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Old 01-20-2015, 09:51 PM   #1
David Kiesling
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inflammation and paleo

Has anyone noticed reduced inflammation from injuries since being on a paleo diet?

I've been on a pretty strict paleo diet for a few weeks, after finally ditching rice. I noticed possible signs of reduced inflammation (less bloating, less fatigue, less joint pain, less muscle soreness/knots), and then I had a violent mishap and sprained my ankle. The funny part was my ankle didn't swell up at all like it had from my last sprain, even though I was limping around for a day. I did some stretching and mobility on it, and I could walk on it two days after the injury, and a few days later I went running without pain and forgot I even sprained it. It was amazing.

I suspect it wasn't as bad a sprain as the previous one, but the reduced overall muscle and joint problems during the diet leads me to think the diet had a lot to do with recovery.
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Old 01-21-2015, 12:36 AM   #2
Dare Vodusek
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Re: inflammation and paleo

What type of food do you eat now instead of rice, for carbs?
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Old 01-21-2015, 01:18 PM   #3
David Kiesling
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Re: inflammation and paleo

Well I cut out grains completely. Brown rice was my last holdout. I did better on it than other grains, but now that I quit it I have more energy. No beans or potatoes either - they always made me feel tired. I eat lots of salads, so plenty of calories anyway.
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Old 01-21-2015, 01:31 PM   #4
Mike Doehla
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Re: inflammation and paleo

sheer coincidence. The fact that you didn't swell up had nothing to do with eating like a caveman.
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Old 01-21-2015, 11:59 PM   #5
Dare Vodusek
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Re: inflammation and paleo

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Originally Posted by David Kiesling View Post
Well I cut out grains completely. Brown rice was my last holdout. I did better on it than other grains, but now that I quit it I have more energy. No beans or potatoes either - they always made me feel tired. I eat lots of salads, so plenty of calories anyway.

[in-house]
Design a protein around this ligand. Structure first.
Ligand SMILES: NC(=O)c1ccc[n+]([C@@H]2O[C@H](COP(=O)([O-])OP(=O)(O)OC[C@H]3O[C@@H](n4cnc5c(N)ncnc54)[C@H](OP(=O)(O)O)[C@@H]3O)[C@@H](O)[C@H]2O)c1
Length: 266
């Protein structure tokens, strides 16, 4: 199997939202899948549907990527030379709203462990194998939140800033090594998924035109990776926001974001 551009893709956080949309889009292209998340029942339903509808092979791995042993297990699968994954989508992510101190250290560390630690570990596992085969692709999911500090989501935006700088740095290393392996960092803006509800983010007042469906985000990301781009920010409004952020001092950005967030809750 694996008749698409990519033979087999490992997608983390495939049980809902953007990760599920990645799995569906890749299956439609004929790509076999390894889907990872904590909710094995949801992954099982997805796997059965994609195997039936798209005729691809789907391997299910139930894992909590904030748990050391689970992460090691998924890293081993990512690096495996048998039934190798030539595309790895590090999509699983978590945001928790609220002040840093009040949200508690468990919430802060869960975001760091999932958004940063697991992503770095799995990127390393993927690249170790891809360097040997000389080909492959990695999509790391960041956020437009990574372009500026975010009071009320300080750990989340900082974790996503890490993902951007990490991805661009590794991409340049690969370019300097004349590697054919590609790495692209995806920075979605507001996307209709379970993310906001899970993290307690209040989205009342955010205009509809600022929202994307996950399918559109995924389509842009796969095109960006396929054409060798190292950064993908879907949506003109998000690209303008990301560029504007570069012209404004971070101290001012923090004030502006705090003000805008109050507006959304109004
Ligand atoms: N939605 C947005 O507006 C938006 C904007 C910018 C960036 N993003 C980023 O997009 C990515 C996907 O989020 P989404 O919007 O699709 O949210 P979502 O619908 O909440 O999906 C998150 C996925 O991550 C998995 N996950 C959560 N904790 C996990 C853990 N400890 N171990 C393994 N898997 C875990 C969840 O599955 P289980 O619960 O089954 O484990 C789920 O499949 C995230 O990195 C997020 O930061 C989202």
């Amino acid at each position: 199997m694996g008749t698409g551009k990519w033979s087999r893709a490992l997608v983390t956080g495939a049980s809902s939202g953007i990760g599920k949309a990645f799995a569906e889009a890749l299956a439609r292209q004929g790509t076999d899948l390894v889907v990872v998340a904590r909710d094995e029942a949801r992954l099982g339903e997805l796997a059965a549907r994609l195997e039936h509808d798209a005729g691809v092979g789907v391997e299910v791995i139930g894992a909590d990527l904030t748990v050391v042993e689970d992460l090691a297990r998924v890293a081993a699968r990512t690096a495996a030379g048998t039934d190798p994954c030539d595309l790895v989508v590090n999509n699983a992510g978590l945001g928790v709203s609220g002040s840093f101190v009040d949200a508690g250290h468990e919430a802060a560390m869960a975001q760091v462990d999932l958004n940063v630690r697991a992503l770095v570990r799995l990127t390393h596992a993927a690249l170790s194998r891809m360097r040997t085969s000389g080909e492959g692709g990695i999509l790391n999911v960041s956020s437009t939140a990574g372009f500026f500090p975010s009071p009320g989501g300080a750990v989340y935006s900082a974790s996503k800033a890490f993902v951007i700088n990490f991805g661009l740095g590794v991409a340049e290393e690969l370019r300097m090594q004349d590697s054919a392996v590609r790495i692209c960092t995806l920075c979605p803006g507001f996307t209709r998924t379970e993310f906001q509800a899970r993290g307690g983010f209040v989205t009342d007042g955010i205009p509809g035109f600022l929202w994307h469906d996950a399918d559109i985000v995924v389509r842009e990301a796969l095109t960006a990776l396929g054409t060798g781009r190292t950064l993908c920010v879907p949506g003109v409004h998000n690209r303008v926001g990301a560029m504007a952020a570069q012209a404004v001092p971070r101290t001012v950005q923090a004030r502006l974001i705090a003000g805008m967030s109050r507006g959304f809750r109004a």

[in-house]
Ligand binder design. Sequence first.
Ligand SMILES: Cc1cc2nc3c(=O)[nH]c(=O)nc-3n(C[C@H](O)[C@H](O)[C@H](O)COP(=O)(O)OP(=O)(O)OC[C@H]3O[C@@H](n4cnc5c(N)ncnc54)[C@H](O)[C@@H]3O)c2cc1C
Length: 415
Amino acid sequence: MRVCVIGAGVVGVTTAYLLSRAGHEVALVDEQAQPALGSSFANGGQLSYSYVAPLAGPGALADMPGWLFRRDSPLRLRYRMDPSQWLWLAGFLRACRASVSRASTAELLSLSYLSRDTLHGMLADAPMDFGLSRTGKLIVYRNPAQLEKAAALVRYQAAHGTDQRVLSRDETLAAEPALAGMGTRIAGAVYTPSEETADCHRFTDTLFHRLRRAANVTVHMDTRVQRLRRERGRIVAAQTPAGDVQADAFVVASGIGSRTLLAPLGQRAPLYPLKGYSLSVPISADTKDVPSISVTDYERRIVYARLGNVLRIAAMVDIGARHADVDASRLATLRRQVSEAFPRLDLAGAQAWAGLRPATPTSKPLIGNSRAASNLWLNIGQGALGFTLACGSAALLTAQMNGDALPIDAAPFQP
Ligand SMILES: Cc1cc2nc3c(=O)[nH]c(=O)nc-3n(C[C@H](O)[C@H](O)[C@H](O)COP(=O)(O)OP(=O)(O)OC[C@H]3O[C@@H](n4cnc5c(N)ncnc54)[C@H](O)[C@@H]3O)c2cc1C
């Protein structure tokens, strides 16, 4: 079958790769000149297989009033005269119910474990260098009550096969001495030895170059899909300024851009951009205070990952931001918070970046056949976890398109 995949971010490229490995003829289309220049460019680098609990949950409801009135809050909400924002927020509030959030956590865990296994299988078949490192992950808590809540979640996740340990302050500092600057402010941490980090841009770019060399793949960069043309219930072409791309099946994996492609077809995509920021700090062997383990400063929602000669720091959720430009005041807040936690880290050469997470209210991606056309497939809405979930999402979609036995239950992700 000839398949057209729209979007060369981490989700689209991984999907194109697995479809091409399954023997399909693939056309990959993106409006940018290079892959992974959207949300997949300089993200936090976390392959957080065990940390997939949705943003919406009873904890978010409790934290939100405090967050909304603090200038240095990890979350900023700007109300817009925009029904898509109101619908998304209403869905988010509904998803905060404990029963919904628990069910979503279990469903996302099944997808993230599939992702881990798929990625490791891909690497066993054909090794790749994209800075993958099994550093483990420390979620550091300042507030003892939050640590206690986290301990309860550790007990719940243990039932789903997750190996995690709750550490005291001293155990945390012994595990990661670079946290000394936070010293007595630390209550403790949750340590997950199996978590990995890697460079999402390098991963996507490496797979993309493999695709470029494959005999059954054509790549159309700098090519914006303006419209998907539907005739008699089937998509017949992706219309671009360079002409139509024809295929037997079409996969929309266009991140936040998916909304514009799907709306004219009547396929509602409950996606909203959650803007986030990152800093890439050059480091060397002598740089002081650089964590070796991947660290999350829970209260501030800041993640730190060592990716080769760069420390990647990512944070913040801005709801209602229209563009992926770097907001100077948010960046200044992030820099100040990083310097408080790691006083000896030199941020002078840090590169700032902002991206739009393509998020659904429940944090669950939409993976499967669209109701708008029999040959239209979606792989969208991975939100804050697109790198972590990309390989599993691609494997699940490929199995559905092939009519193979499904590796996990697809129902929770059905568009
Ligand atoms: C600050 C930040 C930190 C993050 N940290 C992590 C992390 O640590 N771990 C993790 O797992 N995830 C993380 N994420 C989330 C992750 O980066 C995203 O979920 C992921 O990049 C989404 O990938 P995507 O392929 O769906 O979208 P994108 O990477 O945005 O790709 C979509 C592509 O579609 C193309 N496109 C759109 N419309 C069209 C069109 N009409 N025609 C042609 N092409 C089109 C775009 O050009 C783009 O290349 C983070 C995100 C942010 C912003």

Still, to perform good in CF WODs, you need carbs. Unless you are doing some other type of training?
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Old 02-13-2015, 12:00 PM   #6
David Kiesling
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Re: inflammation and paleo

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Originally Posted by Dare Vodusek View Post
Still, to perform good in CF WODs, you need carbs. Unless you are doing some other type of training?
I still do WODs/metcons, but I can't say I'm performing "good" in them, or that I ever did. I seem to still have energy for them. One thing in particular I've noticed is my muscles don't start burning much, particularly the way my quads would really burn during high rep squats. I have noticed this on bike rides where I can keep going uphill, and my legs don't really burn like they used to, but I eventually do get tired out. Quicker? I'm not sure. It definitely changes how my energy feels. I had some grains again a couple times and the burning came right back.

Mentally I have a clearer head too, no grogginess that I would always get with grains and things like potatoes.
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Old 02-14-2015, 02:11 AM   #7
Dare Vodusek
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Re: inflammation and paleo

Do you perhaps have a heart rate monitor on during the WODs? It would be interesting to see your heart rate in correlation to your own estimate on how hard the workout is.